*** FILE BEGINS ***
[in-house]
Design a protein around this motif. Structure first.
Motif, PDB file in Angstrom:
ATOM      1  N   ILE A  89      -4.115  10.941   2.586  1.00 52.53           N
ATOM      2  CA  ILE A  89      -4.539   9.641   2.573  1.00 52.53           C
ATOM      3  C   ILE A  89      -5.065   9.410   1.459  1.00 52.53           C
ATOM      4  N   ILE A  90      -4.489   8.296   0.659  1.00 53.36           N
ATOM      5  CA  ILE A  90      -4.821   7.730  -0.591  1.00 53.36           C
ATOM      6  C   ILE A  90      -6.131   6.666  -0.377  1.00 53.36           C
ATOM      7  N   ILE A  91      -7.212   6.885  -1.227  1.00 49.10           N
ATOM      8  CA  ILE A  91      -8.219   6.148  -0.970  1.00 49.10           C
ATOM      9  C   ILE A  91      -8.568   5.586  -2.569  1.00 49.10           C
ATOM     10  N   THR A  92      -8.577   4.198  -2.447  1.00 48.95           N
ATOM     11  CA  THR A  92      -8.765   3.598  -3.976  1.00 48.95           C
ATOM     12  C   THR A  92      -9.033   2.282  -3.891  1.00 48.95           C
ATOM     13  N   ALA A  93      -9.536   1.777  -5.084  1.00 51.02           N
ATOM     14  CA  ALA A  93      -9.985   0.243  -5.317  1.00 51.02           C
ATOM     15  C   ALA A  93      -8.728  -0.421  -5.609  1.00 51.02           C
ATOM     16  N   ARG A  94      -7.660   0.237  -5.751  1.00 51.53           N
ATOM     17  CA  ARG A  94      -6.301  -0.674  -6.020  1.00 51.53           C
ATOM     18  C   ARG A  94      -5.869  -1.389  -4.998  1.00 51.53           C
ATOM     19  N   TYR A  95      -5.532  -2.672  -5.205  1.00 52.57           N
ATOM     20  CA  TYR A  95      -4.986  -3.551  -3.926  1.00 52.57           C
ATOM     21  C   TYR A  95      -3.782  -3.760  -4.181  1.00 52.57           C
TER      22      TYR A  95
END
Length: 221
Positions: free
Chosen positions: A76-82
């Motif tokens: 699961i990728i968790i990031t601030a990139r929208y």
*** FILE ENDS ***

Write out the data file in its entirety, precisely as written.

[in-house]
Design a protein around this motif. Structure first.
Motif, PDB file in Angstrom:
ATOM      1  N   ILE A  89      -4.115  10.941   2.586  1.00 52.53           N
ATOM      2  CA  ILE A  89      -4.539   9.641   2.573  1.00 52.53           C
ATOM      3  C   ILE A  89      -5.065   9.410   1.459  1.00 52.53           C
ATOM      4  N   ILE A  90      -4.489   8.296   0.659  1.00 53.36           N
ATOM      5  CA  ILE A  90      -4.821   7.730  -0.591  1.00 53.36           C
ATOM      6  C   ILE A  90      -6.131   6.666  -0.377  1.00 53.36           C
ATOM      7  N   ILE A  91      -7.212   6.885  -1.227  1.00 49.10           N
ATOM      8  CA  ILE A  91      -8.219   6.148  -0.970  1.00 49.10           C
ATOM      9  C   ILE A  91      -8.568   5.586  -2.569  1.00 49.10           C
ATOM     10  N   THR A  92      -8.577   4.198  -2.447  1.00 48.95           N
ATOM     11  CA  THR A  92      -8.765   3.598  -3.976  1.00 48.95           C
ATOM     12  C   THR A  92      -9.033   2.282  -3.891  1.00 48.95           C
ATOM     13  N   ALA A  93      -9.536   1.777  -5.084  1.00 51.02           N
ATOM     14  CA  ALA A  93      -9.985   0.243  -5.317  1.00 51.02           C
ATOM     15  C   ALA A  93      -8.728  -0.421  -5.609  1.00 51.02           C
ATOM     16  N   ARG A  94      -7.660   0.237  -5.751  1.00 51.53           N
ATOM     17  CA  ARG A  94      -6.301  -0.674  -6.020  1.00 51.53           C
ATOM     18  C   ARG A  94      -5.869  -1.389  -4.998  1.00 51.53           C
ATOM     19  N   TYR A  95      -5.532  -2.672  -5.205  1.00 52.57           N
ATOM     20  CA  TYR A  95      -4.986  -3.551  -3.926  1.00 52.57           C
ATOM     21  C   TYR A  95      -3.782  -3.760  -4.181  1.00 52.57           C
TER      22      TYR A  95
END
Length: 221
Positions: free
Chosen positions: A76-82
């Motif tokens: 699961i990728i968790i990031t601030a990139r929208y």